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Merriam-Webster’s Word of the Day for March 4, 2020 is:

albeit • awl-BEE-it  • conjunction

: even though : although


Kara’s big break as an actress came in a big-budget Academy Award-nominated movie, albeit in a minor role where she played a hotel clerk.

“He admitted hitting a home run at Wrigley was ‘a dream come true,’ albeit with a big twist. Originally the dream had him wearing a Cubs uniform.” — Paul Sullivan, The Chicago Tribune, 19 June 2019

Did you know?

Albeit dates to the 14th century and comes from a Middle English word meaning, literally, “all (or completely) though it be.” Its heritage is clear in its pronunciation, which is as though it were three words instead of one: all, be, it. In the early 20th century, albeit was accused of being archaic. That descriptor was never quite accurate; the word had mostly been holding steady at “not-terribly-common” since at least the mid-18th century. When albeit began to see a marked increase in use in the mid-20th century, several usage commentators proclaimed that it was making a comeback, and its “archaic” descriptor was fully recognized as no longer apt.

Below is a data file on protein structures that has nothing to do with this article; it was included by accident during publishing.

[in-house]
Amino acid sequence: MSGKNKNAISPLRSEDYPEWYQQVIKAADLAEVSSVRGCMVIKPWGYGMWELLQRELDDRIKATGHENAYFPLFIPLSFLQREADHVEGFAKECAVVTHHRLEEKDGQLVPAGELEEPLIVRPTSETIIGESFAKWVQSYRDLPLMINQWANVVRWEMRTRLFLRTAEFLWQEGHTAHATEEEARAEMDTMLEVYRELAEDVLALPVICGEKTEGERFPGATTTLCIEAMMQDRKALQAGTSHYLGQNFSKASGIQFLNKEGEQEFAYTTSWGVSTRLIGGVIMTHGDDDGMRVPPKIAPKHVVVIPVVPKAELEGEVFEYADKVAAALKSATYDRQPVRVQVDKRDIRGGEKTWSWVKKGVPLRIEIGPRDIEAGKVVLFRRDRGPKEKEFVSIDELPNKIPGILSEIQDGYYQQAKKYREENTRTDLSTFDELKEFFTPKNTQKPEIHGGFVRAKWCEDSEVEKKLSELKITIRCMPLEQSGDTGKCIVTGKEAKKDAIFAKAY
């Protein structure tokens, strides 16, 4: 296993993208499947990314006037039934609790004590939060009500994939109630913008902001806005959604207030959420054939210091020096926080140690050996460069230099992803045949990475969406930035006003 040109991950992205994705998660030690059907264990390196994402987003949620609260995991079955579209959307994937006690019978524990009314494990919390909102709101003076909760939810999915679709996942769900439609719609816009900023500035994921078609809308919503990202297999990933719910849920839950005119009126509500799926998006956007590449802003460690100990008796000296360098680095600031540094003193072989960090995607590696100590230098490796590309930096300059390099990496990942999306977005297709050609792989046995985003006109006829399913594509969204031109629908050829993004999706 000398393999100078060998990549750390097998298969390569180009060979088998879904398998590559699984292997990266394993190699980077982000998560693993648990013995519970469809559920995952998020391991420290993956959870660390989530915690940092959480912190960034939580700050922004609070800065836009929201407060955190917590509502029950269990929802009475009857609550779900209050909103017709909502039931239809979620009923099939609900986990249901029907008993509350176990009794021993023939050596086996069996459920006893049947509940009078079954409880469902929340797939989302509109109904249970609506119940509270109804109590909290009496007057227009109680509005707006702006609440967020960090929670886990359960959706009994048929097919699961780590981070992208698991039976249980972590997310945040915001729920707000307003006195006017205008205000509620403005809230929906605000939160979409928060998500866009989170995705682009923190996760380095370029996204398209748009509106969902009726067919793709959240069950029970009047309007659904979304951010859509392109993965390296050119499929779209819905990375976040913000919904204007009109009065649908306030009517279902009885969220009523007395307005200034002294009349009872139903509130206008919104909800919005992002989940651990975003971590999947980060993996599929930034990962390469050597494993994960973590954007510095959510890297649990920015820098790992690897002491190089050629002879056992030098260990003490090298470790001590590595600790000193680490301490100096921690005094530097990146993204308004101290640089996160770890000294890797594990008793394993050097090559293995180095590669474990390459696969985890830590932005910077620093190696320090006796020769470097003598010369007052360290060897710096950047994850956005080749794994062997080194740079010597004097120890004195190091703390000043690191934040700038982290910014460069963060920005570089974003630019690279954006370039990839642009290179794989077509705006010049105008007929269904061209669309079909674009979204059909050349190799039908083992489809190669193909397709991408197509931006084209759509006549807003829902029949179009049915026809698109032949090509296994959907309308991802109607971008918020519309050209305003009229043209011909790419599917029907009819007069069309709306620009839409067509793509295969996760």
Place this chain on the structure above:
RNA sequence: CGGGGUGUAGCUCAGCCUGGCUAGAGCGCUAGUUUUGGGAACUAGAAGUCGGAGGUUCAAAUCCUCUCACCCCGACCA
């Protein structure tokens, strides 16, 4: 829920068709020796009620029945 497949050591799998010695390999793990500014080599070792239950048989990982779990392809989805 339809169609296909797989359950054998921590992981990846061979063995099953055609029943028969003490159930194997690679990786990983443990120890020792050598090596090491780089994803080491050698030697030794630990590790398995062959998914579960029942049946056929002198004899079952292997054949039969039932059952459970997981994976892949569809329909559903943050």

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Ken Saunders

Freelancer, Gadget collector, Biohacker

Ken Saunders is a freelance writer, gadget collector and Biohacker. Kens’ professional background is in Information Technology as well as Health and Wellness. His experience has given him a broad base from which to approach many topics. He especially enjoys researching and writing articles on the topics of Technology, Food, and all things Freelancing. His articles have appeared in many online sites, including, Andrew Christian, and can learn more about his services at

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